Building a Website: Template vs Custom

Posted by Leisa Redmon | August 9, 2021

template vs custom

Picture this. 

You’ve officially made it past the one year mark on your brand new small business. And now, after the one year celebration, you’re ready for a bit of reflection.

Could your website use a few updates, or maybe even a redesign? If so, which of the two common routes should you go? The template way or the custom way?

Template Websites

If you’re thinking about redesigning your website using a premade template, there are, fortunately, a lot of different ways to go about doing this. 

In fact, in this day and age, it’s really simple especially with sites like WordPress, Wix, SquareSpace, Kajabi, and so on. Each of these template-based sites has a library of templates from which you can choose from that will have a different aesthetic and operate with varied functionalities. 

However, more often than not, if you’re looking for (or rather needing) something unique or specific, you won’t find it. That’s just not what templates are designed for. They’re created to be mass utilized and chances are high that if you’re using a template with functionalities closely tied to what your industry needs from you, so is your competitor.

But, that all being said, let’s break down some of the pros and cons of template websites. 

  • Pros
    • Turn-key
      • These websites are designed to be operational almost immediately from purchase. That means if you need a website now, you can have it now. 
    • Budget-friendly
      • Mass-utilized sites are usually designed with the MVP in mind. (No, not your most valuable player.) The MVP we’re talking about is the minimum viable product necessary to carry out basic functionalities. That translates to less time working on a site which means the cost of the site is less expensive than their custom counterparts. 
    • Package deals
      • Many template sites now come with the option of adding a domain to the price of your template for one year at no additional cost. However, keep in mind there are a few thin cracks that can begin to widen as you find yourself up for renewal.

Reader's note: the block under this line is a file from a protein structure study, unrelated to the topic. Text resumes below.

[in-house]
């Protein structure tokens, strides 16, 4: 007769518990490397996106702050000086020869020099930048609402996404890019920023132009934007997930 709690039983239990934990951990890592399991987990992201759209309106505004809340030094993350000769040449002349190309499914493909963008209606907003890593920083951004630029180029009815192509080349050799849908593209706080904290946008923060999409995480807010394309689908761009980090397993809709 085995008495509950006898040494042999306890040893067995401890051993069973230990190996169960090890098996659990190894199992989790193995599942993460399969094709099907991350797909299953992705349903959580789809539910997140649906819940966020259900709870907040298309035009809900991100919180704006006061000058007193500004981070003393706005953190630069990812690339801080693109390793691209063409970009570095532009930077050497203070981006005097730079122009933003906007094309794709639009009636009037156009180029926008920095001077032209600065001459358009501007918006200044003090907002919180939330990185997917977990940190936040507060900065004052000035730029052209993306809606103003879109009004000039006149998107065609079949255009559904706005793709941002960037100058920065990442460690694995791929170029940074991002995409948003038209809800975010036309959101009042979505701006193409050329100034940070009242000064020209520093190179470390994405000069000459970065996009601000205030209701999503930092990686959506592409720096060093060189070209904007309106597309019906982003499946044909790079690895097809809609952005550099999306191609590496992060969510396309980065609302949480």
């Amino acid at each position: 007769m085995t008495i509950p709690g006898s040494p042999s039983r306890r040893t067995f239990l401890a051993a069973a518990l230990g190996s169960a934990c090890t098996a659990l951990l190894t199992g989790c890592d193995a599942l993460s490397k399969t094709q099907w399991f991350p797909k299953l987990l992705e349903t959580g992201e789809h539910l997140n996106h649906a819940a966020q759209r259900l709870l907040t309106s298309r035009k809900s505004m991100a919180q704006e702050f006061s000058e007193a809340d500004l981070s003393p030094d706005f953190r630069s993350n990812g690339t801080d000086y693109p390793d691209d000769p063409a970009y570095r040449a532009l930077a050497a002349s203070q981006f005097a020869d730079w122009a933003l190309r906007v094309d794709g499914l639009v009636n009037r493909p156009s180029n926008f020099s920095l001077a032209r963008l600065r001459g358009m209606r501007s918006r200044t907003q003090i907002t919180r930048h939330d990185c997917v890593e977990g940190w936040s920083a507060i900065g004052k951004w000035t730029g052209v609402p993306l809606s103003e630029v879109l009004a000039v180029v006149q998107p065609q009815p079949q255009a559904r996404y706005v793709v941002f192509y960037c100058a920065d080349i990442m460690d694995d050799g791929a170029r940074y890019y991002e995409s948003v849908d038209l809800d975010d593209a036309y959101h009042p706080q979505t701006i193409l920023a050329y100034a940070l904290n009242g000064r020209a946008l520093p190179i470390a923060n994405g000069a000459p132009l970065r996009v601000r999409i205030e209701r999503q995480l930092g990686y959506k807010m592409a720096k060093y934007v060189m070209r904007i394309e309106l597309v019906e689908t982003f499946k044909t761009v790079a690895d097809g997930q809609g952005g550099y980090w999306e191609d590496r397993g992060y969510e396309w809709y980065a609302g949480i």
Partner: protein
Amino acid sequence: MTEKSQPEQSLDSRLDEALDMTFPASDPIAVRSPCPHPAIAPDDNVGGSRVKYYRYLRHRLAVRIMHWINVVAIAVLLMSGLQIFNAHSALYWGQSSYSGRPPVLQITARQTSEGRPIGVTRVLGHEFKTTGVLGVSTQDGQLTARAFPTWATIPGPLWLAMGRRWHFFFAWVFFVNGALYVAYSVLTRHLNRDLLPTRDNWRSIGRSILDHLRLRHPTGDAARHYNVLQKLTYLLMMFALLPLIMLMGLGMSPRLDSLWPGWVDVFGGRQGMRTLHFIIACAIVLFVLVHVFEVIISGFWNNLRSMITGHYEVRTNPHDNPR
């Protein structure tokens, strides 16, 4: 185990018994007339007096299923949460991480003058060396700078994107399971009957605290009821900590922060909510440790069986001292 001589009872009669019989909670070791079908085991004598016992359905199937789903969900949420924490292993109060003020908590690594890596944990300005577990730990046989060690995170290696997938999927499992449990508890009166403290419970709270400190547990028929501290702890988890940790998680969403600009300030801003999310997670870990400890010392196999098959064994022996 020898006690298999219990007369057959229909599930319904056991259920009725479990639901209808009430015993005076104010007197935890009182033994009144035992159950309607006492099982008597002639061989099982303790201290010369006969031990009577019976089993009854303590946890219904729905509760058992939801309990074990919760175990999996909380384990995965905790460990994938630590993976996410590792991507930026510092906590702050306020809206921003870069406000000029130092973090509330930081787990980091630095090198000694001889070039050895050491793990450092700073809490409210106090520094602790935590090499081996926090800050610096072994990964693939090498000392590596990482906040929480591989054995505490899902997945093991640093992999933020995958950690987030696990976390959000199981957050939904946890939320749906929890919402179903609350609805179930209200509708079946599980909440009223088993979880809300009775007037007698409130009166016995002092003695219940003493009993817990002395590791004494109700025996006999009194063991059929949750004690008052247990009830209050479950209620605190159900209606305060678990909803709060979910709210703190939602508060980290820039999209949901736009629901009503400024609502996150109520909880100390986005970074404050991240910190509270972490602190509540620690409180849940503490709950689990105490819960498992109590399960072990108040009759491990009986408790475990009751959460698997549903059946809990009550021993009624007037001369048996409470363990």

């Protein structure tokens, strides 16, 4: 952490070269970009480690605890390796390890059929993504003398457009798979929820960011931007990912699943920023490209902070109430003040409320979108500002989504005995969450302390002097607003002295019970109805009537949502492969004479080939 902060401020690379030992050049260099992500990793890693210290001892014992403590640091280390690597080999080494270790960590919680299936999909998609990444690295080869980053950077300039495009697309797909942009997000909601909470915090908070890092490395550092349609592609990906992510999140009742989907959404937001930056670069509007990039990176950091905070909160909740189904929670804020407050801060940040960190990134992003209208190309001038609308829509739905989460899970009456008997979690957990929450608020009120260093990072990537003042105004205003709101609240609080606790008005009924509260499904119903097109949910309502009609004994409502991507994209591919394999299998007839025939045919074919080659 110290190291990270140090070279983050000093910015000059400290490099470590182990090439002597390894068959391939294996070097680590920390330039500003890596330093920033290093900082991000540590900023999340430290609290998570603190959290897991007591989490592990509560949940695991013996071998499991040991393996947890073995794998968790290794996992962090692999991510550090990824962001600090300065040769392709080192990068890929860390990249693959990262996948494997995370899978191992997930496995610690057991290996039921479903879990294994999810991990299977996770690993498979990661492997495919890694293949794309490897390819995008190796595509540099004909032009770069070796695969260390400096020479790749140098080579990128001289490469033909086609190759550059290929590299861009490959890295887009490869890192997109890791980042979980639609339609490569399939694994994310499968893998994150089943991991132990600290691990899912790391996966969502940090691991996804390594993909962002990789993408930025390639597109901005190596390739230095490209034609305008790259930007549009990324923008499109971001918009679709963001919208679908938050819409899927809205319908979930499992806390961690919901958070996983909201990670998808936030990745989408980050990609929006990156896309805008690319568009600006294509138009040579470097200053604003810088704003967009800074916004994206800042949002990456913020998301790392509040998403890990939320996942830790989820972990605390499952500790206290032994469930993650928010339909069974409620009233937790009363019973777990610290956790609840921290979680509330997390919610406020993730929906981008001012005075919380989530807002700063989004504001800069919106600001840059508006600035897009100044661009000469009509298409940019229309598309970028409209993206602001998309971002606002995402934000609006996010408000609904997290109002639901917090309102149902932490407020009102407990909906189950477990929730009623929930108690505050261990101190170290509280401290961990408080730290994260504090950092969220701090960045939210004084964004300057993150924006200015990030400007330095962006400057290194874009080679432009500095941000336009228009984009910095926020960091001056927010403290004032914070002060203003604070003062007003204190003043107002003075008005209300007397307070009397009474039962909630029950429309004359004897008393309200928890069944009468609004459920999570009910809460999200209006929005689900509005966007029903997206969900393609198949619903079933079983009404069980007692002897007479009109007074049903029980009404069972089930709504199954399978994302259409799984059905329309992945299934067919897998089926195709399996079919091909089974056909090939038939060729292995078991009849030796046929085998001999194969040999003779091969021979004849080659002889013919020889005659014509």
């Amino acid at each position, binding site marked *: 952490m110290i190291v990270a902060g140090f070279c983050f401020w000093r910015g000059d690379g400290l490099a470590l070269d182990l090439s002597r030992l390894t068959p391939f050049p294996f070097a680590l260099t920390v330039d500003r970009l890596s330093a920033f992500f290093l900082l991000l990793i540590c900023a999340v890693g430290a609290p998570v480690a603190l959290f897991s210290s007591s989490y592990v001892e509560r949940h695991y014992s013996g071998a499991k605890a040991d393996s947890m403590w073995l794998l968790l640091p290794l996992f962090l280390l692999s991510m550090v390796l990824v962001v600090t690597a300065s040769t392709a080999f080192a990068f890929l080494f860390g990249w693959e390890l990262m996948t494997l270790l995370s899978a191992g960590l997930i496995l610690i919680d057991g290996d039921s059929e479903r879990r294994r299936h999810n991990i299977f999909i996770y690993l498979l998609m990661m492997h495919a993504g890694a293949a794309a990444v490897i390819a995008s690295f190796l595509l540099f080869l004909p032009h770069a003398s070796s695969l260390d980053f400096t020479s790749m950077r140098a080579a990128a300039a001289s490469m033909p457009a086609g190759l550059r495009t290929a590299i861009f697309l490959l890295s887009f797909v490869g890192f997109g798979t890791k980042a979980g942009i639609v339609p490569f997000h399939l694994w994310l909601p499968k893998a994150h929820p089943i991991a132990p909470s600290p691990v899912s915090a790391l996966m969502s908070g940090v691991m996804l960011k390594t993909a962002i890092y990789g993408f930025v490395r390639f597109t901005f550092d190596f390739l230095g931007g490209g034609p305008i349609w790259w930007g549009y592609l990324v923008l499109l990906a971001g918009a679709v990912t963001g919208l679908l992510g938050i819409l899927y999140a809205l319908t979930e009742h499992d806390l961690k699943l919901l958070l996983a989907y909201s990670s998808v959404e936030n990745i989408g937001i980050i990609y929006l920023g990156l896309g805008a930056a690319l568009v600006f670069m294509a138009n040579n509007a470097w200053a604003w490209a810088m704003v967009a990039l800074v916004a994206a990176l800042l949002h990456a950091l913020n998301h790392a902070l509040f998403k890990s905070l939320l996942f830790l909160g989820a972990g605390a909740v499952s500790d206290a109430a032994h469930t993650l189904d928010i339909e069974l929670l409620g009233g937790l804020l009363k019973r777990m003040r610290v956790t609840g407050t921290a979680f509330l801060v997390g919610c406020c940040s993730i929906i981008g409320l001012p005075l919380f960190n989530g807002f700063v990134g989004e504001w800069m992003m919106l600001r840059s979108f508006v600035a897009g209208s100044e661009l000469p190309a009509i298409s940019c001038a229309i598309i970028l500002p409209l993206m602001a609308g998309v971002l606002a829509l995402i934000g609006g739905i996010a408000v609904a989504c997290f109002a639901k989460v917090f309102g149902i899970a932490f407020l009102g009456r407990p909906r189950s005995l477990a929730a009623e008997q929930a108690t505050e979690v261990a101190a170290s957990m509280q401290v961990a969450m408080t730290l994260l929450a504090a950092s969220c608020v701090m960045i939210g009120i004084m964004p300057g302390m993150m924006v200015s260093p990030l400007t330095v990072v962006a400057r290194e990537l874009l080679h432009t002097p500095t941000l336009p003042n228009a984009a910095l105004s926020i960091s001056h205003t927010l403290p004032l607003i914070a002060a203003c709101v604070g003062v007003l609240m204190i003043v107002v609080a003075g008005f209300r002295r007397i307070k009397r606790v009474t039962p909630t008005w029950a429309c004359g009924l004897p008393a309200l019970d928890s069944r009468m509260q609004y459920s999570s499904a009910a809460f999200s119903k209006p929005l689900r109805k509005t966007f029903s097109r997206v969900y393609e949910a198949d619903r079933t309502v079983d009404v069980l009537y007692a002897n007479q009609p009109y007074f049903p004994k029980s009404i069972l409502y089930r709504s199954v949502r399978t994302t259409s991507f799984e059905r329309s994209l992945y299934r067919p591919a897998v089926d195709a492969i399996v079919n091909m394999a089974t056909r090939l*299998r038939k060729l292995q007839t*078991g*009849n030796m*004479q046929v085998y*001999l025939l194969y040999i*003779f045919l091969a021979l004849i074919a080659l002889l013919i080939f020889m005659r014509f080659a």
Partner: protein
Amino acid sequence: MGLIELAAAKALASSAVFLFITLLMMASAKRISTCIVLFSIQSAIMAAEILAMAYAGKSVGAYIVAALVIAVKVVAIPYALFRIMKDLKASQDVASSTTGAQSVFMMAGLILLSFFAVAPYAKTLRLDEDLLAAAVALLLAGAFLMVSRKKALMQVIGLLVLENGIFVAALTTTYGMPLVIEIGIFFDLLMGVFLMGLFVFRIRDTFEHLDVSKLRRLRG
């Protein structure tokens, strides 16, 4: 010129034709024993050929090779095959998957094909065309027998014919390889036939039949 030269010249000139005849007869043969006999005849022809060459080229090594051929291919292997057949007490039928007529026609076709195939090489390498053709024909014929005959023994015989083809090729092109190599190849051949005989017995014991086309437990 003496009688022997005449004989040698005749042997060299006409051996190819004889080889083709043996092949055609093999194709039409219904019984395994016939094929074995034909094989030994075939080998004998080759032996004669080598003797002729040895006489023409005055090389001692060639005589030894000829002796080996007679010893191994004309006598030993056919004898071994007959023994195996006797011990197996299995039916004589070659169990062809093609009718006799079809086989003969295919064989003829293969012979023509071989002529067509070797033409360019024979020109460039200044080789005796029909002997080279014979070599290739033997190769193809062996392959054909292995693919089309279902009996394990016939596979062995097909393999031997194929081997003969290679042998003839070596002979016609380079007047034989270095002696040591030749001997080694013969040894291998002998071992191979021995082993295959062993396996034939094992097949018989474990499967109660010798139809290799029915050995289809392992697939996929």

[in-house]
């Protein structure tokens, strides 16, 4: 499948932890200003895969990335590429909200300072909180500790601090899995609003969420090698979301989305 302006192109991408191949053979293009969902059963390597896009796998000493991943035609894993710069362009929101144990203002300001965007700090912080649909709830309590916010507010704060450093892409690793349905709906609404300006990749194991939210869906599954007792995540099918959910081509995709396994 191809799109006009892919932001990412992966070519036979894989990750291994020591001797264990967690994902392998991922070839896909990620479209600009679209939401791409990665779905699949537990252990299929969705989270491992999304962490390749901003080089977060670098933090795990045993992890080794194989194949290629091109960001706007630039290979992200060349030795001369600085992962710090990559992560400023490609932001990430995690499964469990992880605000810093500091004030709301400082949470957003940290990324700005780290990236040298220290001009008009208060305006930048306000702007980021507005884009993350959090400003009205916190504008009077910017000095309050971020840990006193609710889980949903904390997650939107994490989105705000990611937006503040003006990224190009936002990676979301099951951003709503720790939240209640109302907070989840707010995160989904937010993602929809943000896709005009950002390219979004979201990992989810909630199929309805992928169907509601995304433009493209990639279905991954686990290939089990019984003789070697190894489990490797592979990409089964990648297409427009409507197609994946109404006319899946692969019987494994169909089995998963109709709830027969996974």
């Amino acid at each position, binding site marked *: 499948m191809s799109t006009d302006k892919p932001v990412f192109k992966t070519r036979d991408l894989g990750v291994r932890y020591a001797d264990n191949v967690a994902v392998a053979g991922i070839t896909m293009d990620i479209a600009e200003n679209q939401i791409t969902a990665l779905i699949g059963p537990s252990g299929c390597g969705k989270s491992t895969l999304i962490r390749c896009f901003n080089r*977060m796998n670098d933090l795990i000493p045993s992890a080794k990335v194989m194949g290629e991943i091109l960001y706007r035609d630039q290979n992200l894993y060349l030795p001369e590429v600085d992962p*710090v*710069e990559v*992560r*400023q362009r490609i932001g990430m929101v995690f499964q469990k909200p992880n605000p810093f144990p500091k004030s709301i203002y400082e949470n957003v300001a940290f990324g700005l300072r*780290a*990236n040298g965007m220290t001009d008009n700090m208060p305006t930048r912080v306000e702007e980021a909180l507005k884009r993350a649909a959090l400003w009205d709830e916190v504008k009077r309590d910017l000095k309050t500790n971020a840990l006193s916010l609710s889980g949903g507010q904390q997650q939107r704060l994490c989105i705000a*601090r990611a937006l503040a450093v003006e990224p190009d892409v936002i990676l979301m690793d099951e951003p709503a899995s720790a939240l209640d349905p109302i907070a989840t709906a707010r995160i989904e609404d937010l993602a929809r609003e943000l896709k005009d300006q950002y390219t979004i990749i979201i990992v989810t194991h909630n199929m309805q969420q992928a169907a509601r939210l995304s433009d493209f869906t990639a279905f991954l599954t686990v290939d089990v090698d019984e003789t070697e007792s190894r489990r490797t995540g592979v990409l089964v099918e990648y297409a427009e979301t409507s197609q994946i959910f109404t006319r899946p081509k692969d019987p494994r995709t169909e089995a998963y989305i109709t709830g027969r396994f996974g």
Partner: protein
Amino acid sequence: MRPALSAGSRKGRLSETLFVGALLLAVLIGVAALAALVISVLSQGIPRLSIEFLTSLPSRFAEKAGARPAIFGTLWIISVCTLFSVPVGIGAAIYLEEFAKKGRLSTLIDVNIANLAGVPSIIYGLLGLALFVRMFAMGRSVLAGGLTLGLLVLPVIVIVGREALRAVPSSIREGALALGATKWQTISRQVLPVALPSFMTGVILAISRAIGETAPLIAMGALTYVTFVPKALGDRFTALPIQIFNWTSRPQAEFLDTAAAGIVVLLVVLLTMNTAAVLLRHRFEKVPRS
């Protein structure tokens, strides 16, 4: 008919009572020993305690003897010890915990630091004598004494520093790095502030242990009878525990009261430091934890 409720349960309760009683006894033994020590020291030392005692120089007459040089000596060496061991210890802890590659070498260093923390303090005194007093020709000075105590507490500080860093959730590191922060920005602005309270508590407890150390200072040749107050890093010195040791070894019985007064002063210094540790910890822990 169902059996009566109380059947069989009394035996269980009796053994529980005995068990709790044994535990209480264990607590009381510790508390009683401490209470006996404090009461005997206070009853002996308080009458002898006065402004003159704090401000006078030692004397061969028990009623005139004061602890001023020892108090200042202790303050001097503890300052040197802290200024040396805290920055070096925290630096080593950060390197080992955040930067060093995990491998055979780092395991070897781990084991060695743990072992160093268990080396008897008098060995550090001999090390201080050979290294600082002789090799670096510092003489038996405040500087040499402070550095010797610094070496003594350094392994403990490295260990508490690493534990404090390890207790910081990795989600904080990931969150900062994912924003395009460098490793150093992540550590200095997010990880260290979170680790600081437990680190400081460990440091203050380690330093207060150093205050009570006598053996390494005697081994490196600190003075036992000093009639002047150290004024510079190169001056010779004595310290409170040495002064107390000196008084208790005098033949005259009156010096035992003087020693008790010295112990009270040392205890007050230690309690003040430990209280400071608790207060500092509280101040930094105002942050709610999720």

• Read more about them in our blog What to Keep in Mind When Buying a Domain.
  • Cons
    • Average
      • We’re not necessarily hating on “average” aesthetics of any kind; however, if you’re looking for your business to stand out from the crowd, having a website that looks very similar to your competitor isn’t necessarily going to make you the most unique business on the block. 
    • Limited functions
      • Templates can be a great solution if you’re looking for a blog or a place to paste your online portfolio. But if you’re looking for functionalities that come by way of obligatory add-ons, be prepared for your site to slow down, which can increase your bounce rate while also affecting your website’s performance. And both are a big no-no with Google. 
    • B-L-O-A-T
      • Bloat is another way of saying you get more than you bargained for. Because template sites are not specifically designed for your business, you might end up paying for functions you’ll never need, which like stated directly above, can slow down your website and hinder your site performance. 
      • Explore Primitive’s bloat-free CMS, BIND.
    • Limited to no support
      • Forums and YouTube videos are great for finding answers to common questions. But have you ever had a specific question only to find yourself down a rabbit hole of roundabout answers where nothing quite fits your specific obstacle? 
    • Infrequent updates